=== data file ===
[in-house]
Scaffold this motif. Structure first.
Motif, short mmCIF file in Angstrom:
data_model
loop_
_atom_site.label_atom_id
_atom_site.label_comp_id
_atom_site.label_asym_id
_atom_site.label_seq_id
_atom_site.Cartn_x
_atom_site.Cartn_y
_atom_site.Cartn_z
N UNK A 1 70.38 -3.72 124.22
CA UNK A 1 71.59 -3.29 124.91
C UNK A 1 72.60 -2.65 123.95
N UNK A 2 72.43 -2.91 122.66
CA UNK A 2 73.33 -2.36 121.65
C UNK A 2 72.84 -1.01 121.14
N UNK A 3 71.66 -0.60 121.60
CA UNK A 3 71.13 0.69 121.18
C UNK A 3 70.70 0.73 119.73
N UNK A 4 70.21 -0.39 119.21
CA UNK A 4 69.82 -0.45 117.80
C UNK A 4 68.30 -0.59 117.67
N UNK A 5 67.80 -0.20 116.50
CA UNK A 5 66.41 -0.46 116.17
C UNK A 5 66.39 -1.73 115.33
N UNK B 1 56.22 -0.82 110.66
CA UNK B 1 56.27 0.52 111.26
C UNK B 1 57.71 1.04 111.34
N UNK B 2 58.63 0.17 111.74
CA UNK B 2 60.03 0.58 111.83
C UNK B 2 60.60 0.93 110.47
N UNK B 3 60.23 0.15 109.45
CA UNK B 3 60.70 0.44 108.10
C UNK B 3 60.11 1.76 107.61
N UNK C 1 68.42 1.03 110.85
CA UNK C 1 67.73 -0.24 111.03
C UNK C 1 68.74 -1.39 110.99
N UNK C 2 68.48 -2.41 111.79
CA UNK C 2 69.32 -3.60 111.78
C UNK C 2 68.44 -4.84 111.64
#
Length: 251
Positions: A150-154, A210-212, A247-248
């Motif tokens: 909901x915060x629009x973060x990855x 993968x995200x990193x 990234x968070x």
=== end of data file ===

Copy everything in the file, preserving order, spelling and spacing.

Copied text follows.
[in-house]
Scaffold this motif. Structure first.
Motif, short mmCIF file in Angstrom:
data_model
loop_
_atom_site.label_atom_id
_atom_site.label_comp_id
_atom_site.label_asym_id
_atom_site.label_seq_id
_atom_site.Cartn_x
_atom_site.Cartn_y
_atom_site.Cartn_z
N UNK A 1 70.38 -3.72 124.22
CA UNK A 1 71.59 -3.29 124.91
C UNK A 1 72.60 -2.65 123.95
N UNK A 2 72.43 -2.91 122.66
CA UNK A 2 73.33 -2.36 121.65
C UNK A 2 72.84 -1.01 121.14
N UNK A 3 71.66 -0.60 121.60
CA UNK A 3 71.13 0.69 121.18
C UNK A 3 70.70 0.73 119.73
N UNK A 4 70.21 -0.39 119.21
CA UNK A 4 69.82 -0.45 117.80
C UNK A 4 68.30 -0.59 117.67
N UNK A 5 67.80 -0.20 116.50
CA UNK A 5 66.41 -0.46 116.17
C UNK A 5 66.39 -1.73 115.33
N UNK B 1 56.22 -0.82 110.66
CA UNK B 1 56.27 0.52 111.26
C UNK B 1 57.71 1.04 111.34
N UNK B 2 58.63 0.17 111.74
CA UNK B 2 60.03 0.58 111.83
C UNK B 2 60.60 0.93 110.47
N UNK B 3 60.23 0.15 109.45
CA UNK B 3 60.70 0.44 108.10
C UNK B 3 60.11 1.76 107.61
N UNK C 1 68.42 1.03 110.85
CA UNK C 1 67.73 -0.24 111.03
C UNK C 1 68.74 -1.39 110.99
N UNK C 2 68.48 -2.41 111.79
CA UNK C 2 69.32 -3.60 111.78
C UNK C 2 68.44 -4.84 111.64
#
Length: 251
Positions: A150-154, A210-212, A247-248
């Motif tokens: 909901x915060x629009x973060x990855x 993968x995200x990193x 990234x968070x």